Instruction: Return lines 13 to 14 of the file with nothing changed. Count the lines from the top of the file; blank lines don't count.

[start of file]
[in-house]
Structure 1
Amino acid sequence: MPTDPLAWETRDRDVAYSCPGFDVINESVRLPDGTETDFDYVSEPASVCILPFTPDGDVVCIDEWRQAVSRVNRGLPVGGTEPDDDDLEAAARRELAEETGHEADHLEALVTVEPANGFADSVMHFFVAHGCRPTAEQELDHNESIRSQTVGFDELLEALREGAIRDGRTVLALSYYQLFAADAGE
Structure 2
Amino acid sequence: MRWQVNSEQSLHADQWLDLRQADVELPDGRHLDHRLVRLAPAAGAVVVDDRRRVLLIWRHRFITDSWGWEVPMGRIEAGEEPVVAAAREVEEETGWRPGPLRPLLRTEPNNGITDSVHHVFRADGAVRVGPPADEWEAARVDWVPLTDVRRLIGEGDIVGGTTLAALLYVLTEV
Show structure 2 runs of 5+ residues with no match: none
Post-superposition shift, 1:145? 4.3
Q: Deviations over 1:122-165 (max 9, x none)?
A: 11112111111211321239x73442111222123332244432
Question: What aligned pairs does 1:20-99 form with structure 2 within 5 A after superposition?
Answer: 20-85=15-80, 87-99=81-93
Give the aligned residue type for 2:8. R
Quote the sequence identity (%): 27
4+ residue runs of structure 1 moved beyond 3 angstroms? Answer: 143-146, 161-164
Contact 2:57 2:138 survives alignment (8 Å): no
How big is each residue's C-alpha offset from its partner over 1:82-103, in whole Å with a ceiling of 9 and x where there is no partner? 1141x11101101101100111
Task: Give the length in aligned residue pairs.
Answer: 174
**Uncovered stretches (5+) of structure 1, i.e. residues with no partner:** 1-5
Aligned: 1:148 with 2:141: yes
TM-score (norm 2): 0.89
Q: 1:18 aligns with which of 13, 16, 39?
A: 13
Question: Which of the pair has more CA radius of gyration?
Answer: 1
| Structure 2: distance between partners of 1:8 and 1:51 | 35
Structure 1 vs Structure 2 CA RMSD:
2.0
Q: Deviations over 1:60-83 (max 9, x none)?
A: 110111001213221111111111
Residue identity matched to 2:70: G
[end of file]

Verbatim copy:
Quote the sequence identity (%): 27
4+ residue runs of structure 1 moved beyond 3 angstroms? Answer: 143-146, 161-164